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Figure 8. Redistribution of semiquinone monomers in melanin particles from the bulk to their interface caused by water concentration growth. A section of a melanin particle is shown schematically. Semiquinone monomers are shown in blue. The oxidized monomer matrix is shown in light brown.
Figure 8. Redistribution of semiquinone monomers in melanin particles from the bulk to their interface caused by water concentration growth. A section of a melanin particle is shown schematically. Semiquinone monomers are shown in blue. The oxidized monomer matrix is shown in light brown.
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Figure 9. Semiquinone migration is shown as a blue monomer within orange oxidized monomers. The numbers correspond to the number of hydrogens within an indolequinone moiety. Blue arrows indicate the direction of movement of the semiquinone along the chain. The migration of semiquinone along the polyconjugated monomer chain can be represented as a concerted proton–electron transfer (CPET) [87]. In this case, the mobility of protons is strictly connected to the mobility of electron radicals within the chain.
Figure 9. Semiquinone migration is shown as a blue monomer within orange oxidized monomers. The numbers correspond to the number of hydrogens within an indolequinone moiety. Blue arrows indicate the direction of movement of the semiquinone along the chain. The migration of semiquinone along the polyconjugated monomer chain can be represented as a concerted proton–electron transfer (CPET) [87]. In this case, the mobility of protons is strictly connected to the mobility of electron radicals within the chain.
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Figure 10. Carboxylic groups are strictly fixed inside the melanin particles and cannot migrate when the humidity changes. If the distances between carboxyls do not change, then the mobility of protons, determined by these distances between local states, should remain almost stable.
Figure 10. Carboxylic groups are strictly fixed inside the melanin particles and cannot migrate when the humidity changes. If the distances between carboxyls do not change, then the mobility of protons, determined by these distances between local states, should remain almost stable.
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Table 1. A list of the saturated salt solutions and their corresponding relative humidities.
Table 1. A list of the saturated salt solutions and their corresponding relative humidities.
SaltLiClMgCl2K2CO3Na2Cr2O7NaClKCl
RH at 25 °C, %113343547584
Table 2. The atomic composition (atomic concentration %) and atomic ratios determined from pressed powder pellets of the synthetic melanin sample. For comparison, the expected ratios for the monomer building blocks DHI and DHICA are shown. We note that hydrogen is not included since XPS is unable to extract hydrogen content from samples.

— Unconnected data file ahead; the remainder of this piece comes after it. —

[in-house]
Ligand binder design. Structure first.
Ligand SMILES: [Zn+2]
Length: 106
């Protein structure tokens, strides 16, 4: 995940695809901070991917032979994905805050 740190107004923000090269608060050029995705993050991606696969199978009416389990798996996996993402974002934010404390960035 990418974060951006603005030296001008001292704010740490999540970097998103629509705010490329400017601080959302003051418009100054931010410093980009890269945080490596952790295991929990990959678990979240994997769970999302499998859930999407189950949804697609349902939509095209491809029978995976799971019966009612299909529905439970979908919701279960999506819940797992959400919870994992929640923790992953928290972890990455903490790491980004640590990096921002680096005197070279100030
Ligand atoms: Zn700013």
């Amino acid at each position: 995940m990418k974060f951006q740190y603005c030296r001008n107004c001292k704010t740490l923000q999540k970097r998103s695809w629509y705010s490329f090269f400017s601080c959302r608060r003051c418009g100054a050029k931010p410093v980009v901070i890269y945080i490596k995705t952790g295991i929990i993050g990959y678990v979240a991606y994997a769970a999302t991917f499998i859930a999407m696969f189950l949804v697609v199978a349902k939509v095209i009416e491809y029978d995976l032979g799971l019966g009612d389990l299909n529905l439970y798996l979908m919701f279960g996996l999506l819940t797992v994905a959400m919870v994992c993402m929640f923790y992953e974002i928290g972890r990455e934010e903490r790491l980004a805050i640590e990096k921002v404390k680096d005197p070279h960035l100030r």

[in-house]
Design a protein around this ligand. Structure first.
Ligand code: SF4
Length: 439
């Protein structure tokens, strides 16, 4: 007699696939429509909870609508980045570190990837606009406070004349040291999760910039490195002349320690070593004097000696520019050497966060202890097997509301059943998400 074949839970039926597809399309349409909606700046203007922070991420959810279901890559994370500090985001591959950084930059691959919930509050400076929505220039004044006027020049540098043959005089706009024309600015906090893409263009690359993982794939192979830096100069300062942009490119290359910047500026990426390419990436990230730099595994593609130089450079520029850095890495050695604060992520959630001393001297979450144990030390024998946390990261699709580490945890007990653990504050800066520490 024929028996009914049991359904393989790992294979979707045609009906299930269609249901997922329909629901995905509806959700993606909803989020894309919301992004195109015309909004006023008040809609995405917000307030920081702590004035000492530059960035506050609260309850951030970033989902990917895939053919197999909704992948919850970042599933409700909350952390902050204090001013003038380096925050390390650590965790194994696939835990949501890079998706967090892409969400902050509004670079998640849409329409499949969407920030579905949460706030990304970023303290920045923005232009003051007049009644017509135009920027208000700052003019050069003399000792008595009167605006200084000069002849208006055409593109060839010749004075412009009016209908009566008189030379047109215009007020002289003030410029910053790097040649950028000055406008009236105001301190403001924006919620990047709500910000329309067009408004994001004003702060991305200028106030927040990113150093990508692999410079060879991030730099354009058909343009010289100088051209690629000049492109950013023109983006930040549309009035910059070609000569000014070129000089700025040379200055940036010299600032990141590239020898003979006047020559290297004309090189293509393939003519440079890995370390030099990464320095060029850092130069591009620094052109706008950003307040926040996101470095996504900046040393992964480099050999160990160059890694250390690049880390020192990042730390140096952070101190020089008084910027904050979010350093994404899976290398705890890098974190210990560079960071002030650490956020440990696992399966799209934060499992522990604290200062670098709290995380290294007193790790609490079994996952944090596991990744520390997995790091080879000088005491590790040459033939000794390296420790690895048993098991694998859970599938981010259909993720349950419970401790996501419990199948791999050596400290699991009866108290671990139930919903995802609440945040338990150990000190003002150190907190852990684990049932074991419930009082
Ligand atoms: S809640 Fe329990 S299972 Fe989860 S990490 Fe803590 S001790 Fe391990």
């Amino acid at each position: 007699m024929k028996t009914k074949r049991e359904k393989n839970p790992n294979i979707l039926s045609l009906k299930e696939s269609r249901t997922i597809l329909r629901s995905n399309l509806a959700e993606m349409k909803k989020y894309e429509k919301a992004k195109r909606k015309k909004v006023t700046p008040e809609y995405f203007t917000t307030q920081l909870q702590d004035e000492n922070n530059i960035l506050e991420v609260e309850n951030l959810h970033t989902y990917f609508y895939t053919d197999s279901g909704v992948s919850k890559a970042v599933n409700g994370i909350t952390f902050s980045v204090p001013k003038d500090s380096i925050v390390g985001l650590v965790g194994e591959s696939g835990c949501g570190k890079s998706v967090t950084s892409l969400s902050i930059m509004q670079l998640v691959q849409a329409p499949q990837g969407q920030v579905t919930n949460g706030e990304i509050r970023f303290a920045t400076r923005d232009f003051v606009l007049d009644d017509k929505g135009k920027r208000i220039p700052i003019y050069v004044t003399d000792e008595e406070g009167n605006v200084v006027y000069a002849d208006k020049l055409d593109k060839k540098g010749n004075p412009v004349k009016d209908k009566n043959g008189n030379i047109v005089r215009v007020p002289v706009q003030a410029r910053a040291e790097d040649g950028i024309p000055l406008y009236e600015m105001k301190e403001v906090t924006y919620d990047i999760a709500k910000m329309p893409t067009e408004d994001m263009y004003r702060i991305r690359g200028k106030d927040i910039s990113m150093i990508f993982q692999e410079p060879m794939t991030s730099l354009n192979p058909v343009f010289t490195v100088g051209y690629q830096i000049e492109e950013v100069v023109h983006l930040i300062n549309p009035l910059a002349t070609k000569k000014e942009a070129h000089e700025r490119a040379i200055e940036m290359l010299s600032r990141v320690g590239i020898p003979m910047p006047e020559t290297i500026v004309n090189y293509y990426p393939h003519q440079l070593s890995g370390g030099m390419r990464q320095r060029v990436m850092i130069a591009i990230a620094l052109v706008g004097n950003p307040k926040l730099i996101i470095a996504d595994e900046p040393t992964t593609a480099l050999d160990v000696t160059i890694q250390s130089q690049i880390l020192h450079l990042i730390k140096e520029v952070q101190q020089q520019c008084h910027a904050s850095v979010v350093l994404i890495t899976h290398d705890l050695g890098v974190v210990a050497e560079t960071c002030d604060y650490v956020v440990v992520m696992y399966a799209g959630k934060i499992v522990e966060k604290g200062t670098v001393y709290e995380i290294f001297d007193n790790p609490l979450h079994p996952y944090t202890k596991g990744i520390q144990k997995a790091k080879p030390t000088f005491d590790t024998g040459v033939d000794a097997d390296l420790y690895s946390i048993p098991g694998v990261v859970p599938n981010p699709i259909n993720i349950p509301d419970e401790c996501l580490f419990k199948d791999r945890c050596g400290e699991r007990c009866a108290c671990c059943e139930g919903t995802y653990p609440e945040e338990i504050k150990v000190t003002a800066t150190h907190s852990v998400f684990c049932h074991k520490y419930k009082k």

Table 2. The atomic composition (atomic concentration %) and atomic ratios determined from pressed powder pellets of the synthetic melanin sample. For comparison, the expected ratios for the monomer building blocks DHI and DHICA are shown. We note that hydrogen is not included since XPS is unable to extract hydrogen content from samples.
SampleC (at%)O (at%)N (at%)C/NO/NC/O
DHI—Expected72.718.29.1824
DHICA—Expected64.329.67.1942.2
Sample69.5 ± 0.321.2 ± 0.49.2 ± 0.27.62.33.3
Table 3. The list of the observed excitations with a peak position in the fitting model, the corresponding position of the peaks in the second-derivative graph, the maximum and minimum value of α when the peak in SD is still visible, and the modes’ assignments.
Table 3. The list of the observed excitations with a peak position in the fitting model, the corresponding position of the peaks in the second-derivative graph, the maximum and minimum value of α when the peak in SD is still visible, and the modes’ assignments.
Peak Position in Fit, cm−1Second-Derivative Peak Position, cm−1αmaxαminAssignment of Roldán et al. [56]Assignment of Centeno and Shamir [48]Assignment of Bridelli et al. [61]Assignment of Perna et al. [57]Other AssignmentsAssignment in the Current Work
10331031151.62.7δ(CH) + δ(NH) + ν(CO)CH in-plane/CH out-of-plane deformationAromatic C–H bendingCH in-plane deformationC–O in catechol, quinone-imine, and carboxylate [76]δ(CH) + δ(NH) + ν(C–O)
11111102272.52 CH in-plane deformationAromatic C–H bendingO–H, C–H, N–H deformation δ(CH) + δ(NH) + ν(C–O)
---1165110.80.2δ(OH) + δ(CH) + δ(NH)Pyrrole NH in-plane deformation/ring breathingAromatic C–H bendingC–H in-plane deformation δ(OH) + δ(CH) + δ(NH)
1214121599.10.1δ(OH) + δ(CH)CO stretching/OH in-plane deformation in COOHCarboxylic C–O stretching or OH bendingC–H in-plane deformationC- stretching and C–O–H asymmetrical of COOH [15]δ(OH) + δ(CH) + ν(C(O)–OH in carboxyls) + ν(C–OH in conjugated cycles)
130312670.50.1ν(CO) + δ(CH) + δ(ring)CH in-plane deformationCarboxylic C–O stretching or OH bendingC–C and C–N stretching in pyrrole, C–OH stretching in phenolic group, amide IIIPhenolic moieties [77]ν(CO) + δ(CH) + δring
12894000.1ν(CO) + δ(NH) + δ(CH) Carboxylic C–O stretching or OH bending Carboxylic C–O stretching or OH bending